Scientific Study – The Effect of UVB on Cannabinoid Production in Cannabis Sativa

It has been widely suggested that UVB can increase the production of THC in Cannabis Sativa.  But it turns out, the University of Maryland, in conjunction with the Southern Weed Science Laboratory (I kid you not) in Mississippi, (could have guessed that one and they are clearly aligned with the University of Miss which was the ONLY University that was allowed to do research with cannabis since it became illegal in 1986!)

The report is a rich buffet of tech speak and I will not bore you with it, but the bottom line is this:

They tested two strains of Cannabis Sativa, one “drug” strain, and one “Fiber” strain (i.e. hemp).

They exposed these plants to 2 levels of UVB,  roughly the UVB exposure of full sun at the equator, and 1/2 that amount, and none. And they ran the UVB for 3 hours

They tested for both THC content AND CBD.

The results were quite amazing:

Growth (as measured from Co2 absorption) was not affected whatsoever.

CBD levels in the flower resins were unaffected by UVB.

THC levels in the flower resins increased from 25% baseline with no exposure to to 32% in equatorial sun UVB!  They also suggested in the report that it appears that the THC acts as a sunscreen for the Seeds.   —  Silas agrees!

This aligns with with the feedback California LightWorks (CLW) has related to me from their growers who have actual THC lab test results averaging around 2-3% higher THC levels, i.e. the bud starts at 22% THC without UVB and goes up to 25% when running UVB.  Each CLW fixture has 30 WATTS of UV, and can deliver as high as 20-30% of Sunlight UVB depending on proximity from the canopy and how many UVB lamps are used per sq meter of canopy.

This is one reason that when I switched to LEDs a year ago, I chose the California LightWorks SS440’s (2 per 4×4 of canopy).  No one else uses mercury vapor lamps for UV , and with 30 YEARS of Lighting design experience I can assure you that Mercury Vapor lamps are the ONLY source that will get you anywhere near sunlight levels of UVB OR UVA.

All the other LED grow light manufacturers that claim to provide UV, provide ONLY UVA,  and ONLY minuscule amounts — I am willing to bet most of them just put 1 (yes ONE)  1-watt UV LED in there,  just so they can SAY it has UV (none publish the UV wattage of course) —  but I can guarantee you they deliver less than 5% of the levels (if any) that the CLW fixtures provide if they use UV LEDs.   Just remember,  Silas got’s your back when it comes to phony claims.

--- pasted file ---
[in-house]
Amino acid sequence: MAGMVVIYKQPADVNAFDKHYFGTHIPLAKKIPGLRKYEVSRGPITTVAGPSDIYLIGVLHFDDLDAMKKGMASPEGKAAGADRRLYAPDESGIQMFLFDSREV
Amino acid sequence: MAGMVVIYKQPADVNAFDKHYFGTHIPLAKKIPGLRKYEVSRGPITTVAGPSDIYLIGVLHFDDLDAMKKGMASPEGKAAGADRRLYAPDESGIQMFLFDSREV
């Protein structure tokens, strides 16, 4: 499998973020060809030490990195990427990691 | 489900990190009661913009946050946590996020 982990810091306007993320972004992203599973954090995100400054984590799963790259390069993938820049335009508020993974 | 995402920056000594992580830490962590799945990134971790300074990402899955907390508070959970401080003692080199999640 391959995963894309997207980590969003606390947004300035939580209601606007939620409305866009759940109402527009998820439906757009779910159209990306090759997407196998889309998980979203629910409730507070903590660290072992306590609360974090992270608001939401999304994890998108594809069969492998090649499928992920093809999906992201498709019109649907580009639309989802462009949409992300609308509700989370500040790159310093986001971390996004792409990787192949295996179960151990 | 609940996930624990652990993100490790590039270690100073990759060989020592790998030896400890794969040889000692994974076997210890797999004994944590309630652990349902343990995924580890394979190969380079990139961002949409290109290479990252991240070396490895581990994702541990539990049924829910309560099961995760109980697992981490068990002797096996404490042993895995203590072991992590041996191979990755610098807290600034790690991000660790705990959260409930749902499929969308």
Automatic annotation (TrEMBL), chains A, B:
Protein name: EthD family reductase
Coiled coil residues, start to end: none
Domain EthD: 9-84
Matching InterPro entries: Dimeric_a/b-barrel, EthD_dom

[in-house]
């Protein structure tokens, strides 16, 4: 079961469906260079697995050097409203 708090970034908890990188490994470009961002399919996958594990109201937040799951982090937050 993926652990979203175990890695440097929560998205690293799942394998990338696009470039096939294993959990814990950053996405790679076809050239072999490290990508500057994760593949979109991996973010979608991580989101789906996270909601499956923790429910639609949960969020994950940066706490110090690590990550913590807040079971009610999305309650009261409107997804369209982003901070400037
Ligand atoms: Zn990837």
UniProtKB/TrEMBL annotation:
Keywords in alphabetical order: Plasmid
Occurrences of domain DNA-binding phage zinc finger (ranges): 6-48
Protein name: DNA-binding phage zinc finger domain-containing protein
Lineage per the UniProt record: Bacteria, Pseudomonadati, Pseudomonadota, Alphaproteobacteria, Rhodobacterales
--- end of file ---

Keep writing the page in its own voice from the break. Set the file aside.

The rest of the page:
So if you are looking to use UV to increase your THC levels, the California LightWorks product is (so far) the only legitimate option I have been able to find. As I understand it, they are also making a new line coming out in February that will have independent UVB fixtures so you can add as much UVB as you want!!! I think I will get a few more…

Nothing like REAL science that supports the mythology.

To those who grow WE SALUTE YOU!!!


Click on the link below to read the actual report (but don’t forget your “trying way to hard to sound like a scientist” decoder ring):

UVB Effects on Photosynthesis, Growth, and Cannabinoid Production in Cannabis Sativa


2 thoughts on “Scientific Study – The Effect of UVB on Cannabinoid Production in Cannabis Sativa”

  1. I recently ran a side-by-side test using a UV heavy finishing bulb.
    For my control I ran the Solistek HPS DE for the full flowering cycle (9 weeks) with 3 strains.
    For the test I ran the Solistek HPS DE 10k finisher bulb for 7 weeks and then switched to the 10k finisher bulb for the final two weeks using the same 3 strains in the same room. Everything else remained the same in the test (same room, temps, nutrients etc.)
    My final results showed decreased yields under the 10k finisher bulb (12.3% less finished product per light on average. . . but on strain in particular had 22% lower yield!). I’ve taken the finished product into the lab to sample THC content (i’m assuming higher THC content in the UV lights, but I haven’t gotten results back yet). When I get results I’ll be happy to share them with you if you’re interested. Unfortunately their spectrum chart cuts off before it gets down to the UVB range.
    Here’s a link to the bulb:


    1. Unfortunately there can be many variables in tests like that. And normally, I recommend increasing the blue a little and decreasing the total brightness a little (10-15%) for finishing. I would assume a 10k lamp would be almost mostly blue, and I wouldn’t recommend that for flower ever, even if THEY do. As for UV, a Metal halide lamp in general should not produce measurable UVB, it is filtered out by the glass jacket.


Leave a Reply

Fill in your details below or click an icon to log in: Logo

You are commenting using your account. Log Out / Change )

Twitter picture

You are commenting using your Twitter account. Log Out / Change )

Facebook photo

You are commenting using your Facebook account. Log Out / Change )

Google+ photo

You are commenting using your Google+ account. Log Out / Change )

Connecting to %s